Areas of Expertise (4)
Purdue University: Ph.D. 1988
Purdue University: B.S. 1979
Georgia Tech: M.S. 1980
Initial uncertainty, the risks of setting a fixed-offer price, and underpricing in firm-commitment and best-efforts IPOsJournal of Corporate Finance
2014 We model the risk of setting the required fixed-offer price in an IPO given initial uncertainty about value, as well as costs of over and underpricing. Assuming that the goal of issuers in bookbuilt IPOs is to maximize net offering proceeds, our analysis indicates that their optimal strategy is to negotiate a relatively small spread, consistent with material underpricing. Similarly, considering the expected costs of overpricing makes the underpricing of best-efforts IPOs in the interest of issuers. Our results rely on neither asymmetric information nor agency costs and provide support for Hansen's (2001) nearly-optimal “conventional” spread and the view that it evolved from adaptive, imitative behavior, consistent with Alchian's (1950) explanation of how economic players evolve practices to survive under uncertainty and incomplete information, as well as Alchian's (1969) work on how fixed prices and queues can efficiently clear product markets.
Bias in estimating the systematic risk of extreme performers: Implications for financial analysis, the leverage effect, and long-run reversalsJournal of Corporate Finance
2012 We show how bias can arise systematically in the beta estimates of extreme performers when long-run return reversals are present and partly, or wholly, due to sign changes in unanticipated factor realizations. Our evidence is consistent with this bias being responsible for the large shifts in the beta estimates of extreme performers, more so than the leverage effect, which has been the predominant explanation in prior literature. Bias in these contemporaneous realized betas, estimated with the same returns that are to be risk adjusted, arises due to the general problem of “overconditioning,” where betas are estimated conditional on information that is not yet known. Several methods for conditioning betas on out-of-sample returns are evaluated and found to be lacking, although some offer improvement under certain circumstances. We also show evidence of this bias in the Fama–French Three-factor loadings of extreme performers. Our findings indicate not only that previous studies of long-run reversals understate contrarian profits but that bias is prevalent in the OLS beta estimates of extreme performers, and this has implications for estimating the cost of capital and measuring long-run performance. We offer recommendations for identifying when this bias is likely present, as well as general methods to correct for it.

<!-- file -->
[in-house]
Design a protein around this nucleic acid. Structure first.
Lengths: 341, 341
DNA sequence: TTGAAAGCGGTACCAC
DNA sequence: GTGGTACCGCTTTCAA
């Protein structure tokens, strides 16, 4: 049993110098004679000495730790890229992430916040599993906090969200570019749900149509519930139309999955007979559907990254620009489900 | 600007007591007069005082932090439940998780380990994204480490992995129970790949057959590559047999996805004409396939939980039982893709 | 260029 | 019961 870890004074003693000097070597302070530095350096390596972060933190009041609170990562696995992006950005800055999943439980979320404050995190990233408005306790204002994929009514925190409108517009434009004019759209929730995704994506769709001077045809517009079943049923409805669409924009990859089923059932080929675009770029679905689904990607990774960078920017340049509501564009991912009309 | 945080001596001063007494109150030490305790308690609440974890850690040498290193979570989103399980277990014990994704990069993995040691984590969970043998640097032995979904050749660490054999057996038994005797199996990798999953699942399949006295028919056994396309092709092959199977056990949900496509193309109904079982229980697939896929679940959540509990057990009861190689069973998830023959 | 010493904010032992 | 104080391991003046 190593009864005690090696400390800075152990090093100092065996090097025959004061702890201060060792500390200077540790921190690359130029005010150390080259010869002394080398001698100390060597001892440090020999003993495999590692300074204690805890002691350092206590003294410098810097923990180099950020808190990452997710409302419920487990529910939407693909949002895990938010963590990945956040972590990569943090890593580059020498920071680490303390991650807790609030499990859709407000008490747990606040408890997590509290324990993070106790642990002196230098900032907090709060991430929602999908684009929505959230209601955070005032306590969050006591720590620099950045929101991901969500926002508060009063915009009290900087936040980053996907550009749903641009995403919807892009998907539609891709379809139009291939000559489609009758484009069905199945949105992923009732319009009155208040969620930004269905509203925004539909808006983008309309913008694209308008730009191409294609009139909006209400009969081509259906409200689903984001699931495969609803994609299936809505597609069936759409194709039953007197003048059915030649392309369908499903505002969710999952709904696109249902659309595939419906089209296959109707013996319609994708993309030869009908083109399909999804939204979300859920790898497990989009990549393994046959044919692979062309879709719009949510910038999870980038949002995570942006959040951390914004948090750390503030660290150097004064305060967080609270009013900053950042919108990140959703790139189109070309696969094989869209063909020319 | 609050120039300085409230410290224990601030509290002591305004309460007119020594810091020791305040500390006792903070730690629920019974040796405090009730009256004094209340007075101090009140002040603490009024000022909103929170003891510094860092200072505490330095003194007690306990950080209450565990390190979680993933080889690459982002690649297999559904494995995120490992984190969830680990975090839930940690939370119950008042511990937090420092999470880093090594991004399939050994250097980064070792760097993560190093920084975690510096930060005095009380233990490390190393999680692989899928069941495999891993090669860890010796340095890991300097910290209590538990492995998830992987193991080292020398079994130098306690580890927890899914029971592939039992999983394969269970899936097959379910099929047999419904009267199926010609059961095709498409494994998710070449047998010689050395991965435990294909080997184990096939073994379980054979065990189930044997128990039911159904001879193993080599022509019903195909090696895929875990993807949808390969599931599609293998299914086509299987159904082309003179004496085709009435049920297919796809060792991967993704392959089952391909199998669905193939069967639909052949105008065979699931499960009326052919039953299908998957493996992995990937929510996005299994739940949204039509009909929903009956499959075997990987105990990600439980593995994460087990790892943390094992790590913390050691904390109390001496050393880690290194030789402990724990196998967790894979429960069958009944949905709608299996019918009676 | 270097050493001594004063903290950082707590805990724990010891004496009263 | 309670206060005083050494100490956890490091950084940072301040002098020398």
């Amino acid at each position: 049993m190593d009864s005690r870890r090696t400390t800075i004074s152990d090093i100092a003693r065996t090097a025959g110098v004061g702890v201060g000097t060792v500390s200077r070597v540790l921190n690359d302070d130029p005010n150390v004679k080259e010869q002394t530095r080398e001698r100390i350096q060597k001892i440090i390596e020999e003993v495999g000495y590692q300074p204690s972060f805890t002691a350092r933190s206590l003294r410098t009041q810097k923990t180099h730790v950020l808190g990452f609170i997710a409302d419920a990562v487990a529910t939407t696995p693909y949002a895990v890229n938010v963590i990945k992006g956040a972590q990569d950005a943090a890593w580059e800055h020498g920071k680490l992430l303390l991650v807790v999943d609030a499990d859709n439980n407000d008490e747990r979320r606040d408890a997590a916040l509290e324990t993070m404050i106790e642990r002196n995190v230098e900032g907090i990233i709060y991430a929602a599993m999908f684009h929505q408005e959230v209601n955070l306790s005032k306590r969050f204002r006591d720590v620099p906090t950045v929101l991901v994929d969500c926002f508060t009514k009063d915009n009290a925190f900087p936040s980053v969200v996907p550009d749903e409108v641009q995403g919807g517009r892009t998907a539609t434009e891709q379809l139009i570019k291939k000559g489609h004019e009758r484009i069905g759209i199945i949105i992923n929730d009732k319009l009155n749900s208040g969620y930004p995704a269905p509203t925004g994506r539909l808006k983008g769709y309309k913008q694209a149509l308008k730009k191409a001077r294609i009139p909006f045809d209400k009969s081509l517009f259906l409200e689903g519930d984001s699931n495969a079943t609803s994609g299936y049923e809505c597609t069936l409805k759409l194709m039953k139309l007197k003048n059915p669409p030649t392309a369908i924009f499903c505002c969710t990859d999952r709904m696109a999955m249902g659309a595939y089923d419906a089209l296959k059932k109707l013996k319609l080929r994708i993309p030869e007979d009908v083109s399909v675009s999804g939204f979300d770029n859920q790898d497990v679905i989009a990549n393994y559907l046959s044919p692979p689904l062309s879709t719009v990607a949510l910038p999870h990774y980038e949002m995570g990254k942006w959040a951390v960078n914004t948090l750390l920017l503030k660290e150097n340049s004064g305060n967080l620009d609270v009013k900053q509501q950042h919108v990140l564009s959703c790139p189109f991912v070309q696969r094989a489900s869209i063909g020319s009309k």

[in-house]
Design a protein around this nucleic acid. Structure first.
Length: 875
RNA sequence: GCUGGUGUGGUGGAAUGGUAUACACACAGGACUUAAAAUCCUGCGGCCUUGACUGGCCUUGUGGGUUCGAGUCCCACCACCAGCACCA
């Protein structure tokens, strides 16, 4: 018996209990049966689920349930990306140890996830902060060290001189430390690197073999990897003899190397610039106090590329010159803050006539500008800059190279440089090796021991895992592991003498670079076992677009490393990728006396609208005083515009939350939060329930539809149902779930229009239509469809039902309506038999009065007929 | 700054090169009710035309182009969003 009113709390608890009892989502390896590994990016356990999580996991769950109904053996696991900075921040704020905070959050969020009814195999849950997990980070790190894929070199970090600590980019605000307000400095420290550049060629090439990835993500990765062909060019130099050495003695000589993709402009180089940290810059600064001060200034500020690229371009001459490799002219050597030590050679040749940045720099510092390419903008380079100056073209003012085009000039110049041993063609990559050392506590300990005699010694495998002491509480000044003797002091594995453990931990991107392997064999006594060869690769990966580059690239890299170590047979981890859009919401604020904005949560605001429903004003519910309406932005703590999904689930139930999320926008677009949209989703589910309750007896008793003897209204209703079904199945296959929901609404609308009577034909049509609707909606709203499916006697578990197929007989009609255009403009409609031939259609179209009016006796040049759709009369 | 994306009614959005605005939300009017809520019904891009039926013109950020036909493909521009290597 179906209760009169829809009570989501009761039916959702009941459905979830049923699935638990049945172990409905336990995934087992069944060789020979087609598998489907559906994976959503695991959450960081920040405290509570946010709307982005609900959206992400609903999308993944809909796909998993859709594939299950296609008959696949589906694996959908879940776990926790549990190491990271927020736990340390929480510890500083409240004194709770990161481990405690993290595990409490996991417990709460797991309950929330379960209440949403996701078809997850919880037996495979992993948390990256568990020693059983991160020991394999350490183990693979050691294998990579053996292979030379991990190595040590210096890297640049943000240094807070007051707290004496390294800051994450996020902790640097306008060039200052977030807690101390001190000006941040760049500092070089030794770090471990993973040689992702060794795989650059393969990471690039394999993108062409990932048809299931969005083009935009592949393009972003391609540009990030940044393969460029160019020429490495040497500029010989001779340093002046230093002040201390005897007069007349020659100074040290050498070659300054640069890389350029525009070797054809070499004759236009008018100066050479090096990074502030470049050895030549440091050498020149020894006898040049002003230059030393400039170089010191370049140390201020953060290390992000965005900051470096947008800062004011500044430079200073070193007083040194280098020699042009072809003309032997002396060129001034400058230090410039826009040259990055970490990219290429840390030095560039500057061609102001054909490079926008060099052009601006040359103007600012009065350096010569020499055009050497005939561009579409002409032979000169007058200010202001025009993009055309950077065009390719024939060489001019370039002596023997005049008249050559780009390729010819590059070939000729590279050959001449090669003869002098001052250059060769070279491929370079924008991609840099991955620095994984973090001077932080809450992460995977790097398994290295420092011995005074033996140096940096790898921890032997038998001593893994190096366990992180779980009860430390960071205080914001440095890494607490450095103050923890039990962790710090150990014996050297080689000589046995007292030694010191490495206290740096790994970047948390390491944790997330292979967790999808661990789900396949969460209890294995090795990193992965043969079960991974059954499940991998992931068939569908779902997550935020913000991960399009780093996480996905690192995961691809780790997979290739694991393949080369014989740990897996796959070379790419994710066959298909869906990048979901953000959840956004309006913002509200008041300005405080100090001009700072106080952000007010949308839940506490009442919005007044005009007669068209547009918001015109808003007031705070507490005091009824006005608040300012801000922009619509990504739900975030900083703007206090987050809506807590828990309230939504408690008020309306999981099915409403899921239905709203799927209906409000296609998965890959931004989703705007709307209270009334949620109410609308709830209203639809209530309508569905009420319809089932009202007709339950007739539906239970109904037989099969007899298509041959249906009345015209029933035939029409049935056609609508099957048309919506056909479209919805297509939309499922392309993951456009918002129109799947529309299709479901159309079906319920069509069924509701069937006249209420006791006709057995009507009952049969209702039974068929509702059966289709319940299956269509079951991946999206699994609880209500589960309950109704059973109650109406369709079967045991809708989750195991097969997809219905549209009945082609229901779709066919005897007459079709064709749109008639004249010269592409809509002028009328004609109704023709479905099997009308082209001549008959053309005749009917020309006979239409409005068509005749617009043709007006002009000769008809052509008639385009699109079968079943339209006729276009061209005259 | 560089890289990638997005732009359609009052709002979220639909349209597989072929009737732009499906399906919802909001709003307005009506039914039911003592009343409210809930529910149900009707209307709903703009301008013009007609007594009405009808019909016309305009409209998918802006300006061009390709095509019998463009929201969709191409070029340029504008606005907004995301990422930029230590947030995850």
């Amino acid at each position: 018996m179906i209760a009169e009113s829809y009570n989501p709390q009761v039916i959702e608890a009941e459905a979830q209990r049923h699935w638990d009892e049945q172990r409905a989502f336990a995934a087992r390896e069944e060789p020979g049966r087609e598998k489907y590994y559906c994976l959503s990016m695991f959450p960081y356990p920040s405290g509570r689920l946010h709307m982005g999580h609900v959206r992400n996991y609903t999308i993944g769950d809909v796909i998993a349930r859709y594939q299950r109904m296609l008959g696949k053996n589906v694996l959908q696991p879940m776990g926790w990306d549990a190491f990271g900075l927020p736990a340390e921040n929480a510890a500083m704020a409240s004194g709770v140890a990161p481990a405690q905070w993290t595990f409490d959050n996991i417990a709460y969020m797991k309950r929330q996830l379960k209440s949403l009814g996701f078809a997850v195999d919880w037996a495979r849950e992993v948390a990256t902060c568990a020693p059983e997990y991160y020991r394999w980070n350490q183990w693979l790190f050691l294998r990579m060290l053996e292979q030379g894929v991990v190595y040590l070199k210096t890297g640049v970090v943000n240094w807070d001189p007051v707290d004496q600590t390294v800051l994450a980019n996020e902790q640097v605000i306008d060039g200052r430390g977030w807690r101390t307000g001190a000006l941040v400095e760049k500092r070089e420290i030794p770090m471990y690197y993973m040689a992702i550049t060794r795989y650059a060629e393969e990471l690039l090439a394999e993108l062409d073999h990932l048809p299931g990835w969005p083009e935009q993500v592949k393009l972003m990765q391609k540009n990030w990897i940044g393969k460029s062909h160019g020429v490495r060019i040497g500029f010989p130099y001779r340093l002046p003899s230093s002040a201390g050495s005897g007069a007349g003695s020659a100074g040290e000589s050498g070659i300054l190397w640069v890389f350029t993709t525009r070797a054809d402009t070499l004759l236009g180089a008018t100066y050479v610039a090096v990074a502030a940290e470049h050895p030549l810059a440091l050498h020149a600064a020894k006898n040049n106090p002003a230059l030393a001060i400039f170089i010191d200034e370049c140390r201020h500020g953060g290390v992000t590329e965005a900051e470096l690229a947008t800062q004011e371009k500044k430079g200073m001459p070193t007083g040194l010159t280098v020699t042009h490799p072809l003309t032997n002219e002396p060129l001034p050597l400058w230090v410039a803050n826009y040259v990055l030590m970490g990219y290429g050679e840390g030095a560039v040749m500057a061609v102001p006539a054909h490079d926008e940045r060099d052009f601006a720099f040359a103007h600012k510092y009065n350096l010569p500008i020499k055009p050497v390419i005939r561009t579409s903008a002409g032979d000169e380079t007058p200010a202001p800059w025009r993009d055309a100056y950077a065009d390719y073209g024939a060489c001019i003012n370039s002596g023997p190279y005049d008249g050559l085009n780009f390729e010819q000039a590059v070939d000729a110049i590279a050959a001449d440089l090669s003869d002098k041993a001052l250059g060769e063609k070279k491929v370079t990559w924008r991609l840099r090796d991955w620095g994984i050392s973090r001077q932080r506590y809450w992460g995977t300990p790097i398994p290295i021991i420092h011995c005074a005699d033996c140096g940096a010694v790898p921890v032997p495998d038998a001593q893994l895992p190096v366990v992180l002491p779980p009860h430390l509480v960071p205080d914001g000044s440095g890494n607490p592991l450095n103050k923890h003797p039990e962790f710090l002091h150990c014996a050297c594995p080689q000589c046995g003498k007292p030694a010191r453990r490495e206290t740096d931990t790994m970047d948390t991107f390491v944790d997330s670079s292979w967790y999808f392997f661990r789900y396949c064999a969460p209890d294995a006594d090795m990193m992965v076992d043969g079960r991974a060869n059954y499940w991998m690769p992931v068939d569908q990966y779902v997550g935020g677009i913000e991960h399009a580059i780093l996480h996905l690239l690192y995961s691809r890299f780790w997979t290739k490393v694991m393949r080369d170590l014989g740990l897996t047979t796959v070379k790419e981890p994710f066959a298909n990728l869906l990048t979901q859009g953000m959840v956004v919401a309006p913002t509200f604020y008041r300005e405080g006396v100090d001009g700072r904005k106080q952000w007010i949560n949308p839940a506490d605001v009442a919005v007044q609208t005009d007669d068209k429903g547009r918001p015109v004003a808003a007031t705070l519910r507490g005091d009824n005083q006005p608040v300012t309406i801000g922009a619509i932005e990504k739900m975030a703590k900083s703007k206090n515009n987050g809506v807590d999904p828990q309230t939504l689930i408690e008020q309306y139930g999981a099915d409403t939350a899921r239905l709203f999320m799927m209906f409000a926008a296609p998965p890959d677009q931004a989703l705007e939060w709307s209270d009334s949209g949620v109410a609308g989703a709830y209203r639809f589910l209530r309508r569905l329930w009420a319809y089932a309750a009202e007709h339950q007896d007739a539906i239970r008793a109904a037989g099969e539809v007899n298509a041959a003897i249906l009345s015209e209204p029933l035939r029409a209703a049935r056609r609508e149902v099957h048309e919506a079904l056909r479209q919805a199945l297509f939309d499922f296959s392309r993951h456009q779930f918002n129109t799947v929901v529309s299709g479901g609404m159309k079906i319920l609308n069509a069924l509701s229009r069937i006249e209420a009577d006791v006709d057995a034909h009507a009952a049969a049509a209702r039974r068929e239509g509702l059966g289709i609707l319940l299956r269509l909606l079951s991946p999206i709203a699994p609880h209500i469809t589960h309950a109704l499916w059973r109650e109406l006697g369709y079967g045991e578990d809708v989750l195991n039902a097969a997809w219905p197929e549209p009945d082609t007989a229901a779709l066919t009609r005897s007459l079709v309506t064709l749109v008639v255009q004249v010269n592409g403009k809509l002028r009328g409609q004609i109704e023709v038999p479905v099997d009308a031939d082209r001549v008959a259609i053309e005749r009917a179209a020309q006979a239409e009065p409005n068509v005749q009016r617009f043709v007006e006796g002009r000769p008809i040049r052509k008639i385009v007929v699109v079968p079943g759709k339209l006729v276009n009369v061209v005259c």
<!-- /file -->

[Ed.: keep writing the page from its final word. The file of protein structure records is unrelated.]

The Promoter’s Role in Ticket Pricing: Implications of Real Options for Optimal Posted-Offer Prices and RationingJournal of Business Research
2009 We consider the problem of pricing event tickets for initial sale when demand is uncertain. It is a standard industry practice for a performer to contract with a promoter who underwrites the event and offers the tickets for sale at a posted price that is sticky in that it is either fixed or costly to adjust once sales begin. Promoters, therefore, bear price risk, and we show that bearing the risk associated with posting a sticky offer price amounts to writing a put option on the ticket revenue. Further, we show that optimal posted-offer prices can be expected to result in rationing (surpluses) if price uncertainty and price elasticity of demand are material (immaterial), even when the demand forecast is accurate. Our results have implications for a more general set of pricing problems in which items are offered for sale at sticky posted prices.
Share Issue Privatizations as Financial Means to Political and Economic EndsJournal of Financial Economics
1999 This study examines how political and economic factors affect the offer price, share allocation, and other terms governments choose when they privatize state-owned enterprises via a public share offering. Using a 59 country sample of 630 share issue privatizations (SIPs) with total proceeds of over $446 billion during the period 1977–1997, we find that governments consistently underprice SIP offers, tilt their share allocation patterns to favour domestic investors, impose control restrictions on privatized firms, and typically use fixed-price offers rather than book building or competitive tender offers, all to further political and economic policy objectives.